At all the shelters, plans are being developed to segregate Covid-19-positive individuals from the rest of the population. “Obviously our schools are quite large and we would do our best to keep them in separate areas within the facilities and try not to share facilities such as restrooms,” Lord said. However, “nothing can be guaranteed. There may be people that are asymptomatic, they don’t know, we don’t know.” And shelters will not have the ability to segregate air flow, as is the case at hospitals. In other words, people will be breathing the same air conditioned air as Covid-19-positive individuals.
Officials are planning on a new approach to diminishing shelter populations immediately after the disaster.
“We have only a certain amount of shelters available, particularly schools, for the pre-storm and during the storm,” Lord said. “But after the storm we don’t have to worry about strong structures, so what we would do is we’d try to decentralize our sheltering, which is a little bit different than we’ve done in the past. In the Covid world we would try to decentralize our sheltering as quick as possible so we could spread out folks closer to their communities. We’ve been working on plans anyway, even before Covid, about the utilization of our community centers more often than they’ve been used, as localized she;lters. So post-storm, if they’re in good shape, we would decentralize and move people closer to their neighborhoods and use other facilities, not just schools.”
With more facilities, a “centralized Covis-19” facility could be among them–where people who are Covid-positive would go. “But again, the big thing is going to be that we have to assume that people may have Covid-19 whether they know it or not, whether we know it or not. So we’re going to have to treat everybody as if they may have Covid-19, and continue with the additional personal protective equipment requirements, just to make sure we can do our best to protect the public.”
Regardless where a person is sheltering, the wearing of masks will be required. Masks will be made available to people who don’t have them. Paramedics will be present at all the shelters.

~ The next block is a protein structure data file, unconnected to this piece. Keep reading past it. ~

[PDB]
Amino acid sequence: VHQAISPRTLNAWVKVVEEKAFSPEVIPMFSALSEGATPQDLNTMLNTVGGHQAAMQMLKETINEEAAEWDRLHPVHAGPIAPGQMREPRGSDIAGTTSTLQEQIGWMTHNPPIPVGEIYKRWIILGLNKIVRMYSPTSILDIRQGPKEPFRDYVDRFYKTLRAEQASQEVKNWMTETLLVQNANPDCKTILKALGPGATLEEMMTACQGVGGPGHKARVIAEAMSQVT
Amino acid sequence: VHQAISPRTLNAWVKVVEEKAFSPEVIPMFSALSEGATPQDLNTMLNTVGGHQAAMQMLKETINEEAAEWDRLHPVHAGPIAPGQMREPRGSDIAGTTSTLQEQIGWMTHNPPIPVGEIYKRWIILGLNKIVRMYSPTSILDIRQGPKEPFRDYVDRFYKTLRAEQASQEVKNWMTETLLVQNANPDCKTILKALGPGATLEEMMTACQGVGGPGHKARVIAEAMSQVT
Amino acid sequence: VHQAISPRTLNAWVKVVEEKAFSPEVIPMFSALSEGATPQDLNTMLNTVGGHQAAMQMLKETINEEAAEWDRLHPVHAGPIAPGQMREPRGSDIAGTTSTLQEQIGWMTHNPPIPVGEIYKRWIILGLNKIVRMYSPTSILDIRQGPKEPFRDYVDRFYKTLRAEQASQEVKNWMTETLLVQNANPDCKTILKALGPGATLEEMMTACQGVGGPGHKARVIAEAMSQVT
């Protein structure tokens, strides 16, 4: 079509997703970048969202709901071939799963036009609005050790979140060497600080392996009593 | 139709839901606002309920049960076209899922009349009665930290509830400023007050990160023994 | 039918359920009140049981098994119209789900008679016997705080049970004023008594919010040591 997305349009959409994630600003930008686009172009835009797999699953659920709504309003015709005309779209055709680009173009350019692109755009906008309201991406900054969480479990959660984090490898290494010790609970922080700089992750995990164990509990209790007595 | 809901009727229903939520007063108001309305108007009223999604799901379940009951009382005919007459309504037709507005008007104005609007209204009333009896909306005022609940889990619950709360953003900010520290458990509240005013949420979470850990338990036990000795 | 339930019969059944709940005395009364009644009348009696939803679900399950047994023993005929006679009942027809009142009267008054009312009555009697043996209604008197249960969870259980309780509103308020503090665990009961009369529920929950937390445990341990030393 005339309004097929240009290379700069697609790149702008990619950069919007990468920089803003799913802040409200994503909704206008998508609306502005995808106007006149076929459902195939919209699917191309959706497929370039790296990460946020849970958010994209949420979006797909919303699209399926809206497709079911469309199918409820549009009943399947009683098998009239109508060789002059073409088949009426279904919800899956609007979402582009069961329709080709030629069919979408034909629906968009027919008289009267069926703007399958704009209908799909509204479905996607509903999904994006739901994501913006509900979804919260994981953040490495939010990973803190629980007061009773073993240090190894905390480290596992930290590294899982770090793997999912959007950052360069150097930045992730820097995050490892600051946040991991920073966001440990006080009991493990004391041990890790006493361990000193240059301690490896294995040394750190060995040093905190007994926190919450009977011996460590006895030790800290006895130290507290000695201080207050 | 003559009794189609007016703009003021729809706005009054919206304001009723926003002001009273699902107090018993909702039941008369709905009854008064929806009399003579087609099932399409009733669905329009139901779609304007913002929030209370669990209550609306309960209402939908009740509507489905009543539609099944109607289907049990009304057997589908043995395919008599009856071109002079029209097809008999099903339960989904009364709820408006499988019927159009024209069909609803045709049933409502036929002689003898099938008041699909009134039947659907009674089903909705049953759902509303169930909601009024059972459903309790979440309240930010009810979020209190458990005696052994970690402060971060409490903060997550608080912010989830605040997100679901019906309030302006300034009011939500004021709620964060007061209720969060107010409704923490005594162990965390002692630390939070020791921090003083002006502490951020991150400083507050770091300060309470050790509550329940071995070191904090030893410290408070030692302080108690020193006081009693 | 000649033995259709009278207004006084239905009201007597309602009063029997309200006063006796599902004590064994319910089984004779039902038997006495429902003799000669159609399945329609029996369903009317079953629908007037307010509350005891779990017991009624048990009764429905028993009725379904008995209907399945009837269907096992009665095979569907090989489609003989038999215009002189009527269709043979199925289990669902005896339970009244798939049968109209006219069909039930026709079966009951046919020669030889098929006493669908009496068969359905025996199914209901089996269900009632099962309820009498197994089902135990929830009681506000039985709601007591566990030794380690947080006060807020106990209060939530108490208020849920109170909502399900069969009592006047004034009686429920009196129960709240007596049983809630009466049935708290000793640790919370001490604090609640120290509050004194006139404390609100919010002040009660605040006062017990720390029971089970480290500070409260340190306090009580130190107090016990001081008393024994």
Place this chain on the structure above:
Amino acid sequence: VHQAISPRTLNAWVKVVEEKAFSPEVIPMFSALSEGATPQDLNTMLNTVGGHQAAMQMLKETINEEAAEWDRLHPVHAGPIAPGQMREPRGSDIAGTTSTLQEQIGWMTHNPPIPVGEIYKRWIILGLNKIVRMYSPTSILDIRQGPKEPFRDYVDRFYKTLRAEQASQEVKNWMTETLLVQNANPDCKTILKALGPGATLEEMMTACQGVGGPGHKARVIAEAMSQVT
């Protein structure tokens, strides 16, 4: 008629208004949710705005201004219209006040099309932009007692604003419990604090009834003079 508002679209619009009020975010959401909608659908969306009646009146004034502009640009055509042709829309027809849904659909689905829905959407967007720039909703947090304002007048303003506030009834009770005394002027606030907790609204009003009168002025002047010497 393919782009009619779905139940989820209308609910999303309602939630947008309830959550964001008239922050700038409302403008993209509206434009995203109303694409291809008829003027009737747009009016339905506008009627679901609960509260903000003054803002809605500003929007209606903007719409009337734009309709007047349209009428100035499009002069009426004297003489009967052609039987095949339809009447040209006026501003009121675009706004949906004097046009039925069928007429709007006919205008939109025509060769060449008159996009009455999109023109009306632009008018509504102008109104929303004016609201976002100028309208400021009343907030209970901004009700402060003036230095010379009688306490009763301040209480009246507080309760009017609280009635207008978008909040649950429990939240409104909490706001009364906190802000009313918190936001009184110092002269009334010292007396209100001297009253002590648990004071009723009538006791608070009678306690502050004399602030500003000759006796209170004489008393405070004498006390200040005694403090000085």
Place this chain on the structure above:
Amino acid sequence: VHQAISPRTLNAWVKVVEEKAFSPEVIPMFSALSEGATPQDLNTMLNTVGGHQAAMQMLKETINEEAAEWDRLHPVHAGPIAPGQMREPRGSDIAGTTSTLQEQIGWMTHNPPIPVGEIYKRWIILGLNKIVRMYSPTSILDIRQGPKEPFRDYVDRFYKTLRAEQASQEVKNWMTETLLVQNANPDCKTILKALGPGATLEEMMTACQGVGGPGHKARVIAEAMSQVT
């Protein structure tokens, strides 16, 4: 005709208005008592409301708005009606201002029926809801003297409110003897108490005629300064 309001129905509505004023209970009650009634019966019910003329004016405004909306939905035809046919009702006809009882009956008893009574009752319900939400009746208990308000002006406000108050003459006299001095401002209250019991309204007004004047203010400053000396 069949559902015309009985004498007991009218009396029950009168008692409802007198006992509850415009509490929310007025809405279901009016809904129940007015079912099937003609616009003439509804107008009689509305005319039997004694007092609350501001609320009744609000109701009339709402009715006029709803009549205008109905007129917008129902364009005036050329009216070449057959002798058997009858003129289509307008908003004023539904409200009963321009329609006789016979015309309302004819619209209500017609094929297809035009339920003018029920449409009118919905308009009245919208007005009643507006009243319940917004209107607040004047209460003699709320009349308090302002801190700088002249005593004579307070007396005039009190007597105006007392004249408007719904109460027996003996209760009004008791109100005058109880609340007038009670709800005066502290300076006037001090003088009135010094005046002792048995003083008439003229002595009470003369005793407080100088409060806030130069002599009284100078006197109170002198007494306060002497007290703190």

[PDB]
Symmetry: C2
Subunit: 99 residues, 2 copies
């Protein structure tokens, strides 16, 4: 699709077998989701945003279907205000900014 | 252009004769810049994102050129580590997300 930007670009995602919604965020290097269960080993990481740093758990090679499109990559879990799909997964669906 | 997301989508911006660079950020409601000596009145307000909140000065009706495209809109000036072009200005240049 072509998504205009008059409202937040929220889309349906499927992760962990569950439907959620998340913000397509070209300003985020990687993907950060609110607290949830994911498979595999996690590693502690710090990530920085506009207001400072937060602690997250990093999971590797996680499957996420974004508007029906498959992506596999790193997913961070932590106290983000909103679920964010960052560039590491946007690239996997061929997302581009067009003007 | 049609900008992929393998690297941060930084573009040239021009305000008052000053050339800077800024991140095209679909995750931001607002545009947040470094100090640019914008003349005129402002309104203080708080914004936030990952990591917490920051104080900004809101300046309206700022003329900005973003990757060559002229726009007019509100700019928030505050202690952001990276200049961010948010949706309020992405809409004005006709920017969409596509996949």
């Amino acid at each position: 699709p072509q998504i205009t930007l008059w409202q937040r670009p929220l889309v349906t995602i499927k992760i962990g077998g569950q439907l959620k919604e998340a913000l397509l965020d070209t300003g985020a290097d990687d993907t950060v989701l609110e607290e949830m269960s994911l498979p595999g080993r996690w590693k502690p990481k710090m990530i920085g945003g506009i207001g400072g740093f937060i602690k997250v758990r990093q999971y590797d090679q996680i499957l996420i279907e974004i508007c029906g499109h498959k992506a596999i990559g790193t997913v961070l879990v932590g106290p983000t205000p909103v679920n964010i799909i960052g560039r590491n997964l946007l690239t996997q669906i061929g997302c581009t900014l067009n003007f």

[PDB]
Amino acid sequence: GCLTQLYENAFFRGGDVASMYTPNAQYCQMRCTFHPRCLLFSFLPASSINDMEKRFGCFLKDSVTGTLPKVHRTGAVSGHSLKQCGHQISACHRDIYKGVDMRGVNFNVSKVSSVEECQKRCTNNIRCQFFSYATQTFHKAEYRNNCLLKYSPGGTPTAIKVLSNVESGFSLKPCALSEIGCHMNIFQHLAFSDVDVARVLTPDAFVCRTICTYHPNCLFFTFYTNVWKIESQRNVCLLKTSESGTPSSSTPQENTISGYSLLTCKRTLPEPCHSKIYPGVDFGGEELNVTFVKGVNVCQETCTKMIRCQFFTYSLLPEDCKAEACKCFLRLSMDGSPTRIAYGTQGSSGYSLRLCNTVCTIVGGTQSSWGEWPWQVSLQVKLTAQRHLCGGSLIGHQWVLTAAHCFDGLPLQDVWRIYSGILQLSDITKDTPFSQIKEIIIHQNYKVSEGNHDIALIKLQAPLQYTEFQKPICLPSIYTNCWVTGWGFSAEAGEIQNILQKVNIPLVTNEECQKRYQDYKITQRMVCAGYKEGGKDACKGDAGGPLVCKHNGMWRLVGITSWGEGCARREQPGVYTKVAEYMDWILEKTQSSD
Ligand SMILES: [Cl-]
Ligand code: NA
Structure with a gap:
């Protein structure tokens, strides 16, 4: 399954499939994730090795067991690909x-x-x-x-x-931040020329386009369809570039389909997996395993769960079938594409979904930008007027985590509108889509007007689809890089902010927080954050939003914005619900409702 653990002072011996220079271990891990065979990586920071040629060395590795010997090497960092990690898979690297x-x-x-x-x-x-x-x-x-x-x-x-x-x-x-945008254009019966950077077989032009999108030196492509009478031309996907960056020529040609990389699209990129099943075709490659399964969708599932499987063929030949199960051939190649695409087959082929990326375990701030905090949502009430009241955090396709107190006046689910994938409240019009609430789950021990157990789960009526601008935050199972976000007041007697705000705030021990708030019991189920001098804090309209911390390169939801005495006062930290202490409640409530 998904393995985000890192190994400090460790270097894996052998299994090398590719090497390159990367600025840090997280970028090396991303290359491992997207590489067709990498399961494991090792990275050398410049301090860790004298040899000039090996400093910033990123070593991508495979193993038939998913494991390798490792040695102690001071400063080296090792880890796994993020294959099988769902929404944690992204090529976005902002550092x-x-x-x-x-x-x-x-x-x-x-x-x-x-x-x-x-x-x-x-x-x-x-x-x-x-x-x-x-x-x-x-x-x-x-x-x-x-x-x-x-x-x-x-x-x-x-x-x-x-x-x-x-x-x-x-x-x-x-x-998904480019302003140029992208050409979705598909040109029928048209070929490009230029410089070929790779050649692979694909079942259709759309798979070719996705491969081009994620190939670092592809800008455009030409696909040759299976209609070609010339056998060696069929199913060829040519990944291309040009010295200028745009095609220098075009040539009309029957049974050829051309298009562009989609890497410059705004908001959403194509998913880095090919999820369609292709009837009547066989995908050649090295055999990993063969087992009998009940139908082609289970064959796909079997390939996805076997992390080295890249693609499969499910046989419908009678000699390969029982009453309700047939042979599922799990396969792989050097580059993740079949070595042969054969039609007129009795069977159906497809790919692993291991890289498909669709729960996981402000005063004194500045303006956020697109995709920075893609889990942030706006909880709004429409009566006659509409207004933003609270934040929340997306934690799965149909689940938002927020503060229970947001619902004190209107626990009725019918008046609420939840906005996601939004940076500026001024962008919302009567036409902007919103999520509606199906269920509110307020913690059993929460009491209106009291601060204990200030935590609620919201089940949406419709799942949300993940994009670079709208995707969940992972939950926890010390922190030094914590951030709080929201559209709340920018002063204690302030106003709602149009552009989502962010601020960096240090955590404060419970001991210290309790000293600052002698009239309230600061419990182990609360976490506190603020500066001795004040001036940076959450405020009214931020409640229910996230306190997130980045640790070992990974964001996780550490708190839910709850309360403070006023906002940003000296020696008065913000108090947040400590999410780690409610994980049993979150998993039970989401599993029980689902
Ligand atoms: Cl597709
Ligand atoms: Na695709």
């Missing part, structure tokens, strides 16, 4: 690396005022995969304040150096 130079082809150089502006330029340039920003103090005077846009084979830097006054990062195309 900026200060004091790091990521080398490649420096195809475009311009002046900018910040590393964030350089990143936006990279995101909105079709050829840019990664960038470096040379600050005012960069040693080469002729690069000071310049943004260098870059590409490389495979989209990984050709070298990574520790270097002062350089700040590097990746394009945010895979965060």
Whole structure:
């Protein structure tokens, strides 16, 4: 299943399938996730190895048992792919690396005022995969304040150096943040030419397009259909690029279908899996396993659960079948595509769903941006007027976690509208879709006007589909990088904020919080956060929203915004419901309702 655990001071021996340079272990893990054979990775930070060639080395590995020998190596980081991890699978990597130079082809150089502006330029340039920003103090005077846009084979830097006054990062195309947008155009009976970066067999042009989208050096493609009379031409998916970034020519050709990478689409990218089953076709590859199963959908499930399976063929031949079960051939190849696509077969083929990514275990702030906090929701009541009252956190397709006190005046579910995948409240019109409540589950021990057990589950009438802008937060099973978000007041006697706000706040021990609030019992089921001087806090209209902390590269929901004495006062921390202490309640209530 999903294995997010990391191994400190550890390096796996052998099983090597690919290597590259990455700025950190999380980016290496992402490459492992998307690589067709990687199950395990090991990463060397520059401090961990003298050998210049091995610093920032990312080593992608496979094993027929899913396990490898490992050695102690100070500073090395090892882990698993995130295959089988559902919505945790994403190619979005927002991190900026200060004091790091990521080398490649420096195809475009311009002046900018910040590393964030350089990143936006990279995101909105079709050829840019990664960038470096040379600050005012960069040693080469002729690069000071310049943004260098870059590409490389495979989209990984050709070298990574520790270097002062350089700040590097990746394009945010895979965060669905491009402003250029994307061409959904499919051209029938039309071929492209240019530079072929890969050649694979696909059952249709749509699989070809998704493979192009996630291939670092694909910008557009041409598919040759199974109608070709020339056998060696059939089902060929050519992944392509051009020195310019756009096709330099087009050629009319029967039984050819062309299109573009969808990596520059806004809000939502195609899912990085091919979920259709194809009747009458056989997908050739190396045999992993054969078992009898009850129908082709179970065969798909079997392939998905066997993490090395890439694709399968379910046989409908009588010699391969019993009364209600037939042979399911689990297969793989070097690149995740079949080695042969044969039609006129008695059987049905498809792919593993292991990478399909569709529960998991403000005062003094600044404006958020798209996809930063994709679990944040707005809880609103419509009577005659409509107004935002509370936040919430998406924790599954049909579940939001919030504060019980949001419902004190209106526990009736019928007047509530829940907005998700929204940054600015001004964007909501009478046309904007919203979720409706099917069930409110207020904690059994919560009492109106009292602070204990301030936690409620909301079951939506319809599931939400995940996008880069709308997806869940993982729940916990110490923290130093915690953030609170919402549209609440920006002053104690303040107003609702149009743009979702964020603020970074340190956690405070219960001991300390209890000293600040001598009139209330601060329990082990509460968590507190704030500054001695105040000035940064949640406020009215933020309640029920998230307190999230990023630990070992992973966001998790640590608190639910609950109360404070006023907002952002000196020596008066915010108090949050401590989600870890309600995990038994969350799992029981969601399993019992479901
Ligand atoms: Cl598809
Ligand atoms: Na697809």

Forecasters expect a more active hurricane season than norma. Lord says the forecasts can be meaningless, in that even if it were to be a quieter than usual season, it only takes one major storm to wreak havoc, and require a massive, proper response.
“We’ll have to see what the season does,” Florida Division of Emergency Management Director Jared Moskowitz told the News Service of Florida last week. “They say it’s going to be an active season. Remember, we had 18 named storms last year. And we almost got (Hurricane) Dorian. So, you know, we’ll just have to see what it brings us.”
Arthur, which threatened the Carolinas as a tropical storm this month, started checking off the list of storm names for the 2020 season, which will last on the calendar from Monday through Nov. 30. Then came Tropical Storm Bertha, which formed off the Carolinas on Wednesday.
Last week, the National Oceanic and Atmospheric Administration became the latest organization to forecast an above-active hurricane season, with 13 to 19 named storms, of which six to 10 should reach hurricane status. The range is consistent with other forecasters that presume a La Nina weather pattern rushing warm water into the Atlantic.
In its forecast, NOAA also pointed to warmer-than-average sea surface temperatures in the tropical Atlantic Ocean and Caribbean Sea, reduced vertical wind shear, weaker tropical Atlantic trade winds and an enhanced west African monsoon wind system. All are factors for above-average storm activity.
“Similar conditions have been producing more active seasons since the current high-activity era began in 1995,” a NOAA news release said.
Mixing the forecasts with the virus, the state has created a reserve of 10 million face masks, 1 million face shields, and 5 million gloves.
Hurricane season continues through Nov. 30.
The News Service of Florida contributed to this report.
Add Riots to these two , and you have a complete recipe for TOTAL DESTRUCTION !!!!!!
Have a Nice Day